2) Beam tree
This is called a beam tree, and we had one in the house because my dad worked at SLAC. It’s another thing I remember staring at a lot. In this case, there was a base a friend of his made, that had a light in it with a rotating colored filter. This meant it would light up in all different colors. I didn’t even realize how rare they used to be until I got older, nor did I understand how they’re made. Basically, they’re made by sticking a slab of plastic at the end of a particle accelerator and bombarding it with electrons. Then a person touches it with a piece of metal in a certain spot, and all the electrons escape. The tree-like shape is the escape path of the electrons.
You can see one being made here:
That field guide to birds is the first book I ever read, and apparently memorized a good deal of it. I was quite young at the time. I particularly remember my favorite word ORIOLE (which is black and purple), and because the word was black and purple (due to the O and R), confusing it with the black and purple coloring on the next page, which appears now to be attached to a grackle.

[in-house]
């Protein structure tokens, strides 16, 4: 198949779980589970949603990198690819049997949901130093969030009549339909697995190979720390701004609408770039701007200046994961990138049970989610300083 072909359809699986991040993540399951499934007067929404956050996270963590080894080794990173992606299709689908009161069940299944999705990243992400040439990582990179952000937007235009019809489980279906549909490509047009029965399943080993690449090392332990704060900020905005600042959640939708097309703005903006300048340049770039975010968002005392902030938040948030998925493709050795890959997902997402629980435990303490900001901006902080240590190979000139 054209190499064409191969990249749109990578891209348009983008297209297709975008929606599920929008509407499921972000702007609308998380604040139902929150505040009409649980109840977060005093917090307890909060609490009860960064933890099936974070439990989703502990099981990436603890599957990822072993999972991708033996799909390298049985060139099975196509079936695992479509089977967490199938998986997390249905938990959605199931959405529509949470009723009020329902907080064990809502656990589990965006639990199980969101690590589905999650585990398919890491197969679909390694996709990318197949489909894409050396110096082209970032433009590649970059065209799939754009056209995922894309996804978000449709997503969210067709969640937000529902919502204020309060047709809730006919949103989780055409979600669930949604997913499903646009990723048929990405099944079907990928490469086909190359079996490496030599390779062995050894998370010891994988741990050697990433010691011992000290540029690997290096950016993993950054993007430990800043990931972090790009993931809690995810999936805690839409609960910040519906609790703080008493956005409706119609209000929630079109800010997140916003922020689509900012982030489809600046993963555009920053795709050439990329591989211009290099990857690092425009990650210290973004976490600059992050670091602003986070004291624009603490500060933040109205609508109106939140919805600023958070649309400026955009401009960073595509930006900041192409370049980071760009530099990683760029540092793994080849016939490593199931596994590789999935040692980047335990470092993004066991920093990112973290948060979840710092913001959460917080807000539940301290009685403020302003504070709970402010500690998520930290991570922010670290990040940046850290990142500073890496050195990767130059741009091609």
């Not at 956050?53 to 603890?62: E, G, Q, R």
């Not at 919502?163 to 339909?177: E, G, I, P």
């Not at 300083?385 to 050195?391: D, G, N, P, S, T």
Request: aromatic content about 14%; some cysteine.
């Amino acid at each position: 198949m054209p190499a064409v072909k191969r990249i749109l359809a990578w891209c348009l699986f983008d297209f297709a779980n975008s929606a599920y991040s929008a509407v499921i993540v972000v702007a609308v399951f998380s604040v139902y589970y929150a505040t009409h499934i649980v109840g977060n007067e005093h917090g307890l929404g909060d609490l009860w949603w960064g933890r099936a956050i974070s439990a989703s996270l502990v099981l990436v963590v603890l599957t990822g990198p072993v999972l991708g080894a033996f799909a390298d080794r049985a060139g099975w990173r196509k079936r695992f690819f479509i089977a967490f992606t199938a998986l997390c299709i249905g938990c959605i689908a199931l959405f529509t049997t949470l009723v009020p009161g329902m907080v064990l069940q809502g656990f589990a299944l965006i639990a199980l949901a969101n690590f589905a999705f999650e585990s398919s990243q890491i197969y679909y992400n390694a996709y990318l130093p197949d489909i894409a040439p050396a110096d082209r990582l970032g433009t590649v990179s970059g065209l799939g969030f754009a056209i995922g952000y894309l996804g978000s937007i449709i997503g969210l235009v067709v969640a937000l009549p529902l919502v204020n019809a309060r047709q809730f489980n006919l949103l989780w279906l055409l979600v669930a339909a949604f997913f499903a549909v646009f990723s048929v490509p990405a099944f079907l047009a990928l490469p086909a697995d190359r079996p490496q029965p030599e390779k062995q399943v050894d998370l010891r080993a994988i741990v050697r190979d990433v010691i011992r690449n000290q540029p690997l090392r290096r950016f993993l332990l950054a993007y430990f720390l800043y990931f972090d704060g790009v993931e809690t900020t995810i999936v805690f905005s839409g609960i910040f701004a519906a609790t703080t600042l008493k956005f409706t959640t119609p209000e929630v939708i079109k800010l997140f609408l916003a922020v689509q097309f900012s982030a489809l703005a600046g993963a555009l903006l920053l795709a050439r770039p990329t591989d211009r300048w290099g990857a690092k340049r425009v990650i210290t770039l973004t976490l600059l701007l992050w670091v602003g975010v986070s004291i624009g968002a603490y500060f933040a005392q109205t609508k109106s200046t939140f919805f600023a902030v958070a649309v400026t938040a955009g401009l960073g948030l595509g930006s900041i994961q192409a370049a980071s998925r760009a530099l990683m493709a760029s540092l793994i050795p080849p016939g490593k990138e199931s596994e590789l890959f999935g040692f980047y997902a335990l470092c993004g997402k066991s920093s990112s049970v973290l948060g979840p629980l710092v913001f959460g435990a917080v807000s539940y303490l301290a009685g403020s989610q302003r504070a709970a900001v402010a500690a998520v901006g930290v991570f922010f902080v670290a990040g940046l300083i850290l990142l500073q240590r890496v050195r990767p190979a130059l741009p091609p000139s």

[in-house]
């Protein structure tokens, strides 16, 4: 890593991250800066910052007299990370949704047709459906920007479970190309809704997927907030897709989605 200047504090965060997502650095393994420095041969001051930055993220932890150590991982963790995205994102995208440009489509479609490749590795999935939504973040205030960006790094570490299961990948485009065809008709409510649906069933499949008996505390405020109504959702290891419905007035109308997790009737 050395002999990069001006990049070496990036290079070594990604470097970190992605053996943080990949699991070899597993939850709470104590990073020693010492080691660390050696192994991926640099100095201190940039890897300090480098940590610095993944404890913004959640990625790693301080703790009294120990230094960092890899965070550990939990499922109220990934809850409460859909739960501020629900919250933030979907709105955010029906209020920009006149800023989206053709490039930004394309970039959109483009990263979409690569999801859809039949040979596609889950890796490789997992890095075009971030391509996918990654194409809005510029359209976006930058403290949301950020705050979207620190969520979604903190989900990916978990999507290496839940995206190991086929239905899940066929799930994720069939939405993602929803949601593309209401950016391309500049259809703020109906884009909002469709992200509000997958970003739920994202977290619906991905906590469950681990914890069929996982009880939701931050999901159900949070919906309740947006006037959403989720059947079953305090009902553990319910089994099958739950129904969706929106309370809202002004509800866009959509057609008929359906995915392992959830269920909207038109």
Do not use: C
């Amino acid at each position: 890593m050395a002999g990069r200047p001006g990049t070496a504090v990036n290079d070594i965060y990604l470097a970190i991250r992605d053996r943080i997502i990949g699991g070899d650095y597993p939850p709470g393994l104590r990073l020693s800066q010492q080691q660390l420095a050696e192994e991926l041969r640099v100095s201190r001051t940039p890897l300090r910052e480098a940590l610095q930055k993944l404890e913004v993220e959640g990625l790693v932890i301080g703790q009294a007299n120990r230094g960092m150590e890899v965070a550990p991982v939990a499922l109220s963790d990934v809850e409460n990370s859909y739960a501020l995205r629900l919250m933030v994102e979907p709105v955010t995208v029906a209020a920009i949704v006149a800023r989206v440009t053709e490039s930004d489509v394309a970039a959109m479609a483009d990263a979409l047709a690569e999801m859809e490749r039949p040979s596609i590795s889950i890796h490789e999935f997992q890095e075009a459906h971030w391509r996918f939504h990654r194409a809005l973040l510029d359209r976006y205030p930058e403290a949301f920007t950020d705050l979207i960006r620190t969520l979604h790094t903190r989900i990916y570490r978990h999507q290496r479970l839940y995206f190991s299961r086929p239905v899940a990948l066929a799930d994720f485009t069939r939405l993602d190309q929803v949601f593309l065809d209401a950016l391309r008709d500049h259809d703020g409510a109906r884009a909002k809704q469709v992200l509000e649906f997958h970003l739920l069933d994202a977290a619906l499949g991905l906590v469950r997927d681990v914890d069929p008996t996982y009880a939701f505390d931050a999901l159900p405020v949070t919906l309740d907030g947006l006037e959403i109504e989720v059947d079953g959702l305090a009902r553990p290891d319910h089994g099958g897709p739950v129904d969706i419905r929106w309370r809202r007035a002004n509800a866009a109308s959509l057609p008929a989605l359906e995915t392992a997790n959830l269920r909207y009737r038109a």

These days, though, my favorite book is a children’s book, Momo by Michael Ende, and my preferred reading is children’s fiction.
This is from a scrapbook my parents made from when I was a kid. For reference, I did not at the time understand the words concepts of humidity, relative anything, water vapor, or percentages. I was copying this almost word for word out of a book.
From the same scrapbook, astronomy stuff that I apparently gave to my parents given it has their name on it. I don’t remember if that was from a book or not. Astronomy was a Big Thing of mine for awhile, I devoured the entire section at the library. Just random kid geekery I guess.
5) Message bracelet
Speaking of which… I don’t know about you, but I don’t know a whole lot of little neurotypical girls who, when asked to make a message bracelet, would come out with something like this. My brothers taught me to use a VIC-20 to make patterns on the screen pretty early, things like this are the result.